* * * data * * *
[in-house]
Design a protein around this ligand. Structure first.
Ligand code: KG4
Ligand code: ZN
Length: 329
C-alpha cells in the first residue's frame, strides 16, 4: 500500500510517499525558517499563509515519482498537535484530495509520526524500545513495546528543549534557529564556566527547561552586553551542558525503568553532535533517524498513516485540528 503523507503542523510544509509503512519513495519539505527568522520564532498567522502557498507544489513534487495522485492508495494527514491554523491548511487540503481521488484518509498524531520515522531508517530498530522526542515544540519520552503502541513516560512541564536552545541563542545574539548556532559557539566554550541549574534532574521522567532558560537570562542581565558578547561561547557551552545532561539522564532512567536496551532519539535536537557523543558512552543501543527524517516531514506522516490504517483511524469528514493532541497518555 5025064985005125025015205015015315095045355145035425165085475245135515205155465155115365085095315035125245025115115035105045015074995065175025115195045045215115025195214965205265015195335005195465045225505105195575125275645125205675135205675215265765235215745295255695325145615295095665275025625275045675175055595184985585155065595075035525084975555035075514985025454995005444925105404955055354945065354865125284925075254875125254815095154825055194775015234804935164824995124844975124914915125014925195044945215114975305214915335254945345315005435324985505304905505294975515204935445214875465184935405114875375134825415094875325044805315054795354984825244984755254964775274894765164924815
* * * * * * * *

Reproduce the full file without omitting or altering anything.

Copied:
[in-house]
Design a protein around this ligand. Structure first.
Ligand code: KG4
Ligand code: ZN
Length: 329
C-alpha cells in the first residue's frame, strides 16, 4: 500500500510517499525558517499563509515519482498537535484530495509520526524500545513495546528543549534557529564556566527547561552586553551542558525503568553532535533517524498513516485540528 503523507503542523510544509509503512519513495519539505527568522520564532498567522502557498507544489513534487495522485492508495494527514491554523491548511487540503481521488484518509498524531520515522531508517530498530522526542515544540519520552503502541513516560512541564536552545541563542545574539548556532559557539566554550541549574534532574521522567532558560537570562542581565558578547561561547557551552545532561539522564532512567536496551532519539535536537557523543558512552543501543527524517516531514506522516490504517483511524469528514493532541497518555 5025064985005125025015205015015315095045355145035425165085475245135515205155465155115365085095315035125245025115115035105045015074995065175025115195045045215115025195214965205265015195335005195465045225505105195575125275645125205675135205675215265765235215745295255695325145615295095665275025625275045675175055595184985585155065595075035525084975555035075514985025454995005444925105404955055354945065354865125284925075254875125254815095154825055194775015234804935164824995124844975124914915125014925195044945215114975305214915335254945345315005435324985505304905505294975515204935445214875465184935405114875375134825415094875325044805315054795354984825244984755254964775274894765164924815